Finally, the Abba gig. Wow, I bet Steven loved that! I can see why it was an almost essential event for him! But I don’t understand why theatres don’t provide concessions. Gig venues do. Cinemas do. Festivals do. Theatres… generally don’t. (The only London exception I’ve found was Stratford’s wonderful Theatre Royal, where staff also treated us like royalty.)

    I could not get to, and cope at, a theatre on my own. I’ve explained that they really ought to either allow me to bring a PA for free OR to provide assistance to me as needed, which may include urgent dashes to the toilet at any time. They don’t. What with having to pay for minicabs and so on (while others might take the tube), a trip to the theatre is definitely a luxury. If every gig venue – big or small, cheap or pricey – can do this, then why do theatres still have their heads stuck up their arse in the sand?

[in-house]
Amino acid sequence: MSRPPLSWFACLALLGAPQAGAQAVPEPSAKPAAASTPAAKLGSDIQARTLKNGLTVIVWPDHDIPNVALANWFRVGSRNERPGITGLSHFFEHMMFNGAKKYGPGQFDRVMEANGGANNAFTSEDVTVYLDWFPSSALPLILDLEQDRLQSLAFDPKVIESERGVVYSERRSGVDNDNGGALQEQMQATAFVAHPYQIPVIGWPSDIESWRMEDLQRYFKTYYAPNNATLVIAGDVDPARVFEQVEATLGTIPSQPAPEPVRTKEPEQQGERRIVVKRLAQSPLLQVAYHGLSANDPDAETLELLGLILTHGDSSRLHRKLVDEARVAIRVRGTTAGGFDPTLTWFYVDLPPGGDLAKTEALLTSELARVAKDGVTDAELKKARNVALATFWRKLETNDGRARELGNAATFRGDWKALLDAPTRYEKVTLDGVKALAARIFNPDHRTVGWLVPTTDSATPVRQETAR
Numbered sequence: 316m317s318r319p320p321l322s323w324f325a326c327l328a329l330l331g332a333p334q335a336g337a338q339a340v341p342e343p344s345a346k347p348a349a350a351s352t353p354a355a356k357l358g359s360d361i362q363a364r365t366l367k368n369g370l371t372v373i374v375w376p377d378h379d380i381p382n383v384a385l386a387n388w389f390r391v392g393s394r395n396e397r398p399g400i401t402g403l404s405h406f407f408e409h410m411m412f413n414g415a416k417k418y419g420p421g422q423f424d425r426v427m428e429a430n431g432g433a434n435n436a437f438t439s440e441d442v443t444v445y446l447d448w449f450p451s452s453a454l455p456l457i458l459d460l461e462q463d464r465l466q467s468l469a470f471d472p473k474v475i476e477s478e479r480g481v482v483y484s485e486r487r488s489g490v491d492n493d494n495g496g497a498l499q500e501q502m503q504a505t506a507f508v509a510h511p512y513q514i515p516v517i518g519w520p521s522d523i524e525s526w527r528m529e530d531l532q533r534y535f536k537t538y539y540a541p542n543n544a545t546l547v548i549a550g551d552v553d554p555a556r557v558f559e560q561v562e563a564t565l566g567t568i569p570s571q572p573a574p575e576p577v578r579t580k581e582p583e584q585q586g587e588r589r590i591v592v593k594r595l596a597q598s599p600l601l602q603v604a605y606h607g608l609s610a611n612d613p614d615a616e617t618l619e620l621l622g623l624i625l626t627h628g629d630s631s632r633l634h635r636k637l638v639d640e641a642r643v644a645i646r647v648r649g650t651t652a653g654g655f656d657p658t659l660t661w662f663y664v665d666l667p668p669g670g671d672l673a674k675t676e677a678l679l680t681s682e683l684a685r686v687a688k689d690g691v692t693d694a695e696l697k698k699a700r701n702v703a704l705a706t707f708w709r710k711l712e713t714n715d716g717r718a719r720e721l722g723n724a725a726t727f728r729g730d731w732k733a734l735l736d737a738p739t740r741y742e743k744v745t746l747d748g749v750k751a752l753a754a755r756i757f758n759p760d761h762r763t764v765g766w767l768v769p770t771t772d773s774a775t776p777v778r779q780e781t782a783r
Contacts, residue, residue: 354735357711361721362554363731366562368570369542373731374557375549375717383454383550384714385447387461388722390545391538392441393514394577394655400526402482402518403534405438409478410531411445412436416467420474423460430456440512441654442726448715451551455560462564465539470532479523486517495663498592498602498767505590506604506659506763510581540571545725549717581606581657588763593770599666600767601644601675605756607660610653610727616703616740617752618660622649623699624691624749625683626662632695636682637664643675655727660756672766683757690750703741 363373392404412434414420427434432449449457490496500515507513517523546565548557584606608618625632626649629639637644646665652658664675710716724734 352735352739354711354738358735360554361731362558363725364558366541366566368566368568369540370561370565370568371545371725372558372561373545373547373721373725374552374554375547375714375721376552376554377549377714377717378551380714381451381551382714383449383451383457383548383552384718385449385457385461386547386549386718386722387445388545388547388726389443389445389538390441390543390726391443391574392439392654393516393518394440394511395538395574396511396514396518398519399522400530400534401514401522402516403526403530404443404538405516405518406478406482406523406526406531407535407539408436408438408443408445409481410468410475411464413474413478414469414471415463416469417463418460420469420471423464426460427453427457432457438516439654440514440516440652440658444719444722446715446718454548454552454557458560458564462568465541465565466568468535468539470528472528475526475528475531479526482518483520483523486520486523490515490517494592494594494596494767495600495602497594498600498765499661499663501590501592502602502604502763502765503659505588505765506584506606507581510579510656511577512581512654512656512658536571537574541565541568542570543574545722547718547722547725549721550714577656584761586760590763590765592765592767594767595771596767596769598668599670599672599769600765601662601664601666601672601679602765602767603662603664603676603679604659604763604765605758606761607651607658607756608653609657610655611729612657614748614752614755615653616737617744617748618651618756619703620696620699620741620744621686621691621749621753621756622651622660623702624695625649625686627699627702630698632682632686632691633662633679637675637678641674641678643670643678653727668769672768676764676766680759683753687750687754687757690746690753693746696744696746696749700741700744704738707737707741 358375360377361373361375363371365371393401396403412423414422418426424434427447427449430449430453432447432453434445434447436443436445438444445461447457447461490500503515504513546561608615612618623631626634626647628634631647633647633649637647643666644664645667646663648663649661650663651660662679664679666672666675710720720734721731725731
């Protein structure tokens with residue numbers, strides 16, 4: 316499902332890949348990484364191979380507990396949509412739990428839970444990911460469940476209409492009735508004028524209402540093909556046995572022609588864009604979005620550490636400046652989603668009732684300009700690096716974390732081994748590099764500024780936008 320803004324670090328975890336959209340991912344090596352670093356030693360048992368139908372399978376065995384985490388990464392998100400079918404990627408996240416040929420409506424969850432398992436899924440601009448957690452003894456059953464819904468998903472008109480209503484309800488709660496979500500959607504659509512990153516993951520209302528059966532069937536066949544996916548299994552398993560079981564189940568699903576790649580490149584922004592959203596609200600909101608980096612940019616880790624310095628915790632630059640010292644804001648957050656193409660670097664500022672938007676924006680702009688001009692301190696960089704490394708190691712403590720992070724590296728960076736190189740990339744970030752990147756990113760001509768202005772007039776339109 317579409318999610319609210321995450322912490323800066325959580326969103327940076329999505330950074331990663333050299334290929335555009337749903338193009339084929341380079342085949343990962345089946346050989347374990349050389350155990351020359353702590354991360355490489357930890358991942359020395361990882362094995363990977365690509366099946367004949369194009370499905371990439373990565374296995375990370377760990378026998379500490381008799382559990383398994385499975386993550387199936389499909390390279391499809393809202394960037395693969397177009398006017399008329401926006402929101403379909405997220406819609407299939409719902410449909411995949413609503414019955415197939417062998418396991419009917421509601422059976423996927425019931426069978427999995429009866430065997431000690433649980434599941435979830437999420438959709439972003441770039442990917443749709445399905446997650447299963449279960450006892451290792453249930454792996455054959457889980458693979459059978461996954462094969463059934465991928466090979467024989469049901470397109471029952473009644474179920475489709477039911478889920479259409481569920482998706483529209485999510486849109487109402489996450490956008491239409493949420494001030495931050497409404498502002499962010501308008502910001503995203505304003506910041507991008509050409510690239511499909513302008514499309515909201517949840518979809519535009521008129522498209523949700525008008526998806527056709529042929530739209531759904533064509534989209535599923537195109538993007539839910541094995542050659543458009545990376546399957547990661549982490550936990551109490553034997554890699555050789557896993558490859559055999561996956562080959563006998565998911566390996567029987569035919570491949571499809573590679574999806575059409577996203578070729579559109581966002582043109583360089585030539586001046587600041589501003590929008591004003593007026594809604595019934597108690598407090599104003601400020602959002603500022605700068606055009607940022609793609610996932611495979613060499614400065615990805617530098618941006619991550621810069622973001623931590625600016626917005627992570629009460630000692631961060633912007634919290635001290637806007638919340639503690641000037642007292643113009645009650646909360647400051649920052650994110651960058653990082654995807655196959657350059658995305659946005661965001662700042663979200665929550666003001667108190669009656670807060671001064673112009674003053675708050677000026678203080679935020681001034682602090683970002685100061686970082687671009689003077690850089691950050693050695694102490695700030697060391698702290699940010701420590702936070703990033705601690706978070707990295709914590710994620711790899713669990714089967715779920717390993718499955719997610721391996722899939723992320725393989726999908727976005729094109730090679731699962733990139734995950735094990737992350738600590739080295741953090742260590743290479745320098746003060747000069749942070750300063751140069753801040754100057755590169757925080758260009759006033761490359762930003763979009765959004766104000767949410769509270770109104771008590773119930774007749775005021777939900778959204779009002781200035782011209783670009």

Ah, money…

    • simone aspis permalink

      Steven a relative who had cancer got theatre tickets that did not only cover her if she had assistance whilst having cancer treatment but still receives the discount now after full recovery – after 5years of remisison has passed. Do not think the relative even had to have a carer – could be a friend or whoever – and should say this is London theatres – Maybe u should contact Shape

      • techiebabe permalink

        Accessible tickets usually need to be booked exclusively through the venue, and they even sometimes ask me for proof of DLA, claiming that some people will hire a wheelchair to get cheap tickets!

        If you know a way to get 2 for 1 seats (ie free PA with the disabled person) at Central London theatres I’d be delighted to learn it, since quoting equality law hasn’t worked in my case.

  4. Lizzie D permalink

    This idea that “family” finances can be neatly divided and set out on the Report form s a bit quaint, isn;t it? If I buy a bottle of shampoo and we both use it, am I supposed to split the cost? Of course your do nothing of the kind, so most of us just go on subsidsng costs and having a nervous breakdown about what goes where on the form.